Like most writers, I try to include a real sense of place in whatever I write. A place that feels so real to the reader, they can almost touch it. And up until now, that’s always been a landscape I’m really familiar with.
Setting my first novel, Deep Water, in Cornwall gave me the excuse to spend huge amounts of time there. Holidays spent snorkelling over sunlight Cornish seas, traipsing across rugged clifftop paths, exploring villages, soaking up the ambience of Cornish graveyards and chapels - and many rainy days of research in the Witchcraft Museum in Boscastle.
I immersed myself in Daphne du Maurier books, Helen Dunmore’s Ingo series, and tomes on Cornish myth and legend. I told myself it would be easier to write, and the book would only work, if I covered every angle of the geography and the atmosphere of the world it's set in. The upshot was it took blooming YEARS to write.
The same thing happened when writing my second book, Broken Ground (currently undergoing its zillionth edit). The setting for this one is a fictionalised version of the area around Silbury Hill and Avebury. I spent so long immersing myself in the Neolithic in this part of the country, I probably deserve a burial space in West Kennet longbarrow. And, of course, all the months of research meant Broken Ground also took an eon to write.
But my current work in progress is a complete departure. It’s a myth-based sci-fi story, much of it set in a desert world. I know little of deserts. Once, when I was about seven, my parents drove us over the Atlas mountains to the edge of the Sahara. All I remember is it was hot and dry, and smelt of camel dung. But there are no camels in my fictional world. And it’s not the Sahara.
I haven’t been to this place, because it exists only in my imagination. My research on deserts, and desert plants and animals, is done entirely online - where scale is almost impossible to judge, and you can’t smell a thing. The upshot is I’m writing much, much faster this time round. I can’t spend time faffing about in deserts because I don't have the time or the money, so the plot is cracking along at a good pace.
To help me work out how to conjure up the ambience of an unknown environment, I’ve been reading lots of extraordinary, inspirational books set in imaginary landscapes to see how other writers do it. Most recently, I've re-explored Wrath, the dump world where Eugene Lambert’s brilliant The Sign of One sci-fi novel is set, with the publication of the gripping sequel, Into the No Zone. I've skirted around the vast expanse of SF Said's amazing universe in Phoenix, and am currently captivated by the fantastic seascapes and ice lands of Sarah Driver’s Sea. I’m awed by the way these writers conjure fantastical worlds which have such a real feel to them that the reader is totally sucked in. And hopefully, by reading, I've learnt something.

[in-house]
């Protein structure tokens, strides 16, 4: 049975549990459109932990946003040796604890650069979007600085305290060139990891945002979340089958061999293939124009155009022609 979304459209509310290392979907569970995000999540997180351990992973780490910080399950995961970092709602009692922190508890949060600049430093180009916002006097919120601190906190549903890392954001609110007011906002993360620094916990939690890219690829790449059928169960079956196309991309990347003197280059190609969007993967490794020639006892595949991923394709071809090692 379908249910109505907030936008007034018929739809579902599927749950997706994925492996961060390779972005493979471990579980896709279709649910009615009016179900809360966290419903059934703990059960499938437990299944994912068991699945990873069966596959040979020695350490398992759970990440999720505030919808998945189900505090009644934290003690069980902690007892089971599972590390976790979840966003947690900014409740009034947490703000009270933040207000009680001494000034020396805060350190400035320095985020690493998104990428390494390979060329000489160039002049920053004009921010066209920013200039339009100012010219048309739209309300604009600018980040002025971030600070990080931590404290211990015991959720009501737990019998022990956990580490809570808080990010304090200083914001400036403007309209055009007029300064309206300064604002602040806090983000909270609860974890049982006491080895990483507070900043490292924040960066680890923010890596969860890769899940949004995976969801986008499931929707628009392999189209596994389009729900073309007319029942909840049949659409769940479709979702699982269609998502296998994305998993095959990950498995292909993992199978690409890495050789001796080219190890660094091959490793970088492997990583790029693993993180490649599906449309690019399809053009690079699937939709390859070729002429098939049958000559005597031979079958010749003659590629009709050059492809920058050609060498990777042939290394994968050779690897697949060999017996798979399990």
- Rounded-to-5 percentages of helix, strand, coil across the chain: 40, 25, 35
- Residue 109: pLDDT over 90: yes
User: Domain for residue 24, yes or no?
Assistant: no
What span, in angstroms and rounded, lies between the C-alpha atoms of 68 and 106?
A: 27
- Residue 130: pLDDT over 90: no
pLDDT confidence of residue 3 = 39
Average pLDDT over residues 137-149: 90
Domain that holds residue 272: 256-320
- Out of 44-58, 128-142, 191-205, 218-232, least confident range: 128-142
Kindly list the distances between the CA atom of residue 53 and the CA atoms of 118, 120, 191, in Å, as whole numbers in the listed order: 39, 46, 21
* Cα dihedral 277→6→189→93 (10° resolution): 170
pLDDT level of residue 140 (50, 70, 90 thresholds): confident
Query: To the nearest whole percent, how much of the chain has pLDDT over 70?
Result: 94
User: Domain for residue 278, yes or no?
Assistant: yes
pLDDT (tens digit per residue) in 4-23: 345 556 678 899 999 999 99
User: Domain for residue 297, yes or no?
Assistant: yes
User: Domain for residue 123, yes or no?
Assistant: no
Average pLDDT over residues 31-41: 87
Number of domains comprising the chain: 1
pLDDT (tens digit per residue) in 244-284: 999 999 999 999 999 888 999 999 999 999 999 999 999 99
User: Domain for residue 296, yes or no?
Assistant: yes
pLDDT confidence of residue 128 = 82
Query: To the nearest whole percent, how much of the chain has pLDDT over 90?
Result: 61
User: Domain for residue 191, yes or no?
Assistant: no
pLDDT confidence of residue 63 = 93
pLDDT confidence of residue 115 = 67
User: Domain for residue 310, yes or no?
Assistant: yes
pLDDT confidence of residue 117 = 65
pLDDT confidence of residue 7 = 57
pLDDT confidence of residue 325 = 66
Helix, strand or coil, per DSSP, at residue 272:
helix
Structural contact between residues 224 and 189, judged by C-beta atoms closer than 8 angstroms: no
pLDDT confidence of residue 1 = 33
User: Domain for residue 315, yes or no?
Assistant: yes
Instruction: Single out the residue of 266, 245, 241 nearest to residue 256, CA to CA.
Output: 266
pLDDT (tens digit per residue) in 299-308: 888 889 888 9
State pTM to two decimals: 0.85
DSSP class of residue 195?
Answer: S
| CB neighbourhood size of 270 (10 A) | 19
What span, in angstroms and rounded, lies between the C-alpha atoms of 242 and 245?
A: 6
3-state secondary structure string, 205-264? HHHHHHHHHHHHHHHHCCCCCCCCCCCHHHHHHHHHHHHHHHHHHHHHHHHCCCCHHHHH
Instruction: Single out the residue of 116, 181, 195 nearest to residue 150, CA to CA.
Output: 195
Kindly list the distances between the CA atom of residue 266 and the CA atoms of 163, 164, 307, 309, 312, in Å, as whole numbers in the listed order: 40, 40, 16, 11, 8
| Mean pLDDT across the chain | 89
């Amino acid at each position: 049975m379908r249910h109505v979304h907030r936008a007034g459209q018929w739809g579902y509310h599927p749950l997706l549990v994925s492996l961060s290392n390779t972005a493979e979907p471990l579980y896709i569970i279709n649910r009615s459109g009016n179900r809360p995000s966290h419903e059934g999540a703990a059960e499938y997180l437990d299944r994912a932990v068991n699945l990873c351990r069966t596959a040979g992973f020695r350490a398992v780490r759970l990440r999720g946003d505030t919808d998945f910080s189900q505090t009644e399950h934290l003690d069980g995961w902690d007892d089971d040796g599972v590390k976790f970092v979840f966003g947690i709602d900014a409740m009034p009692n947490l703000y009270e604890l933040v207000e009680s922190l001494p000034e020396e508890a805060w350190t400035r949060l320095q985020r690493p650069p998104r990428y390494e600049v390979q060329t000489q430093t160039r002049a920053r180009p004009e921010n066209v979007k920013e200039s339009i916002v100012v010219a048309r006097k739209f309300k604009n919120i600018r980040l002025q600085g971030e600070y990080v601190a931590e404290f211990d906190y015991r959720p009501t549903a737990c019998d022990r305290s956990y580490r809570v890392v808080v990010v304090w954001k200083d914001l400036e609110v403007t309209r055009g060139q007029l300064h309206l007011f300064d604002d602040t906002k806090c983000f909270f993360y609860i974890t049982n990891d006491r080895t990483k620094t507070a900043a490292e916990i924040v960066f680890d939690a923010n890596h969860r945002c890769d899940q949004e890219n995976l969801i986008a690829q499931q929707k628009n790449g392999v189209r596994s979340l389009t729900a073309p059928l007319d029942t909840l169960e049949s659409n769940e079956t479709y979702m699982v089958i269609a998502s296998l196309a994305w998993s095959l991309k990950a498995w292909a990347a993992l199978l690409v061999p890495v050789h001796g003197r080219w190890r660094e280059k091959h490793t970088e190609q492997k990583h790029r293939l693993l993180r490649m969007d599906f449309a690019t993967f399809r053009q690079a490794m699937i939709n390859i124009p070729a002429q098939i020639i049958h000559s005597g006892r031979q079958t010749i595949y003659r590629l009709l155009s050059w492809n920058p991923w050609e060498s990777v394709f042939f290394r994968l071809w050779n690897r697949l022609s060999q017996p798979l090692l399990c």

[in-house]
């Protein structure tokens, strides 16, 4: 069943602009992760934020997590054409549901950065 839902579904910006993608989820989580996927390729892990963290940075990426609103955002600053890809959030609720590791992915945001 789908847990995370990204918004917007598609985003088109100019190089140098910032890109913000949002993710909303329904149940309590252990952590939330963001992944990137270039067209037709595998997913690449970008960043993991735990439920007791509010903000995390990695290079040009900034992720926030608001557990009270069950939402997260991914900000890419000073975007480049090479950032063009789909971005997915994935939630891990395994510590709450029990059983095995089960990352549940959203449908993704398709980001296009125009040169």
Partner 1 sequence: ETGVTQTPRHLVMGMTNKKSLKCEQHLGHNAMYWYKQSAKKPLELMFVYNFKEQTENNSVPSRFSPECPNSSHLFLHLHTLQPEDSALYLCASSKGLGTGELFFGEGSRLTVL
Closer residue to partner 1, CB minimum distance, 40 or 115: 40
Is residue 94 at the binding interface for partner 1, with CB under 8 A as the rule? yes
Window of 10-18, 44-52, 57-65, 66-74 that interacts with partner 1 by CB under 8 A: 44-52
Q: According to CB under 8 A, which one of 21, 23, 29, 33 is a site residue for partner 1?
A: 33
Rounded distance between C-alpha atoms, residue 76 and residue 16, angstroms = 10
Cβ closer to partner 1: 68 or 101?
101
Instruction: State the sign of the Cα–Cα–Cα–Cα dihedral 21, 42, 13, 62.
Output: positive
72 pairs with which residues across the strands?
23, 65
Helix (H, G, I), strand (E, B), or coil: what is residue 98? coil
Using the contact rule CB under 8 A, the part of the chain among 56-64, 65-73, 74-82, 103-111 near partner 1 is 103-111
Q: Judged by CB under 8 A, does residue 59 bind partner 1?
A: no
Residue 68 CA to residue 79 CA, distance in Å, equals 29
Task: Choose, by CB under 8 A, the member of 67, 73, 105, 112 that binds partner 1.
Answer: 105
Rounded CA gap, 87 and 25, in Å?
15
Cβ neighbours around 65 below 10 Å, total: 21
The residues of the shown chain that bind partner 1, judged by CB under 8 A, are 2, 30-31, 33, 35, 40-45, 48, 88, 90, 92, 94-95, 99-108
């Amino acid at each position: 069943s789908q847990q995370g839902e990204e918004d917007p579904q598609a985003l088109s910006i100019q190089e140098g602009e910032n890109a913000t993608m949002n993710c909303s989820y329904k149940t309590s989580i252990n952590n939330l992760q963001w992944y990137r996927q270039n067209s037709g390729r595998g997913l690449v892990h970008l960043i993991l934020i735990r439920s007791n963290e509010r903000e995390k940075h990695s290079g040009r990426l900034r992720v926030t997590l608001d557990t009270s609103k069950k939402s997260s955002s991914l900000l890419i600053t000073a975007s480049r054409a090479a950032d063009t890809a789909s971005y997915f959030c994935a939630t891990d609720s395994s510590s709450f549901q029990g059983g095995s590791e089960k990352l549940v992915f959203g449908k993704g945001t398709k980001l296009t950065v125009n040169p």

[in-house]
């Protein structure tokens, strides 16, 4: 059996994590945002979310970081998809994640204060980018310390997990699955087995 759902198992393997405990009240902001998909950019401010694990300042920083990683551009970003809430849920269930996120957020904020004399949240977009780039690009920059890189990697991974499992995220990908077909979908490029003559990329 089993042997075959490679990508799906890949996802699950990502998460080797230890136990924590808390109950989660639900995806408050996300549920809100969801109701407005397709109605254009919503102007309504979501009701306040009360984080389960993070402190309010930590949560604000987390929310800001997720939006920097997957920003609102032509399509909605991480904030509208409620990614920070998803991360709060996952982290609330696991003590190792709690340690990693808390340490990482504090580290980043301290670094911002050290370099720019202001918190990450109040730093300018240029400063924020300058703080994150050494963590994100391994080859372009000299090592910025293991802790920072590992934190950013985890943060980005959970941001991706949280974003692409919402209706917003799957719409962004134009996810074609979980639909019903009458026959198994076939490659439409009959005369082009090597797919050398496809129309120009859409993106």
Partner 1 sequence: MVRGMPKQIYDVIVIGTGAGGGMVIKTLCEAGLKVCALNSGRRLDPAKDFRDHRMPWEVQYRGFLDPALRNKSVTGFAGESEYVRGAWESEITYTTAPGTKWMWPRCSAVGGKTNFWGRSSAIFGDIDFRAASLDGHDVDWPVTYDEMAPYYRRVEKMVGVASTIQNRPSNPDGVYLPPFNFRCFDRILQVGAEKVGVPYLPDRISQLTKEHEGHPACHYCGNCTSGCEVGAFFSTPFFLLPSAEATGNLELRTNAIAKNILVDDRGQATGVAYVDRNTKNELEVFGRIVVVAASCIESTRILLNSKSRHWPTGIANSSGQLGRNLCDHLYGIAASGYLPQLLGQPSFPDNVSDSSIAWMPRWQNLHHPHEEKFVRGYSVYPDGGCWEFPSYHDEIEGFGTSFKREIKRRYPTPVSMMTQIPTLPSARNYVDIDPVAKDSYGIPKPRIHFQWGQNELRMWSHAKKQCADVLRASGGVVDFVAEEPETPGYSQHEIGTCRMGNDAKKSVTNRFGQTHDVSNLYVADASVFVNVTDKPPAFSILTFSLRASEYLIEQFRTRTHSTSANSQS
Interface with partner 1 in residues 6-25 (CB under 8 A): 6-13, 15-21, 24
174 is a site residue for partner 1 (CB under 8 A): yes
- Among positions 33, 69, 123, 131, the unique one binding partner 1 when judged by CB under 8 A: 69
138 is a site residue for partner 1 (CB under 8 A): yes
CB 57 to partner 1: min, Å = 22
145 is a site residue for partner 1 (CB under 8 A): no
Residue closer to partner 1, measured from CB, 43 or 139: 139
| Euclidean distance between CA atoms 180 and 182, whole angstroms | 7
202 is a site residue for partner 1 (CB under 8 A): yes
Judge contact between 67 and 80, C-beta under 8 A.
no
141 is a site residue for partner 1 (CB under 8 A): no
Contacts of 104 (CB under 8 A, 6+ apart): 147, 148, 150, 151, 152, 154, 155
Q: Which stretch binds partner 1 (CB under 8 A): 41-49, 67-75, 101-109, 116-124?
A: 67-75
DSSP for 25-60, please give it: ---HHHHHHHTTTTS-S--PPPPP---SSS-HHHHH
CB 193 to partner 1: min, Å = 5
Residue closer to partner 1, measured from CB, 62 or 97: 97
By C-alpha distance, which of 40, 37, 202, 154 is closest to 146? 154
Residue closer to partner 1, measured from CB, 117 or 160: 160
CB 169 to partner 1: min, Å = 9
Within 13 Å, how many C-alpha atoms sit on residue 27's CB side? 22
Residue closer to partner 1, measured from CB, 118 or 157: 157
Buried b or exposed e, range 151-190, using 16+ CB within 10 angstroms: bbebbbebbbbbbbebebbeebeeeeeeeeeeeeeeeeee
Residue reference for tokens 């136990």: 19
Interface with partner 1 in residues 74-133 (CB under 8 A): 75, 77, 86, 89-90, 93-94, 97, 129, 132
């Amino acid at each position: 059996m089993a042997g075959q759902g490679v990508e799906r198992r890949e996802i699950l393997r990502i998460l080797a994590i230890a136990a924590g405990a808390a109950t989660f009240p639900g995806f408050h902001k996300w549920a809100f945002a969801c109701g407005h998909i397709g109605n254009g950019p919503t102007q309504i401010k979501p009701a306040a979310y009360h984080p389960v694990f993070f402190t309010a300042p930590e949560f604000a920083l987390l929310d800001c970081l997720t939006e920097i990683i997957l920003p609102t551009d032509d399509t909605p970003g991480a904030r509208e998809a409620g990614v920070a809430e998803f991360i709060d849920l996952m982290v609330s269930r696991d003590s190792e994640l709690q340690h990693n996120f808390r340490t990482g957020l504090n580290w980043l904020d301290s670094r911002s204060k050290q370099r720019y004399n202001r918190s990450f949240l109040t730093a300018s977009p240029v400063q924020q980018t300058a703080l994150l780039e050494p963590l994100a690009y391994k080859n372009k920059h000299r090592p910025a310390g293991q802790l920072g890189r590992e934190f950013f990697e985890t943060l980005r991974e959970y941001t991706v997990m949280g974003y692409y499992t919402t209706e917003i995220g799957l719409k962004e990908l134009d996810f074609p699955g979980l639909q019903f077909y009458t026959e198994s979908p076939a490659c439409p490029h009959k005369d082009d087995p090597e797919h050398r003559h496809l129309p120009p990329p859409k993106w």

Now I'm wondering why I didn't think of creating a landscape earlier. Today my desert world needs a dog creature, so I can make one up, from the smell of its rancid fur to the noise it makes in its throat. I don’t need to spend weeks hanging out with dingos, or African painted dogs – my dog creature is conjured from years of David Attenborough documentaries and a childhood growing up with a couple of smelly corgis.
The dunes in my desert can be as ochre red as they like, riddled with all the caves and hiding places I need for the characters to hide. Animals and plants grow according to how much danger I need, or simply because the characters need to eat.
So would I go back to real world landscape? Yes of course. The book I write after this may well be set in Cornwall again. Or Somerset. Or Wiltshire. Somewhere I know well. But it might not. The landscapes seeded in my mind have taught me a lot. I can set a story anywhere my imagination can take me.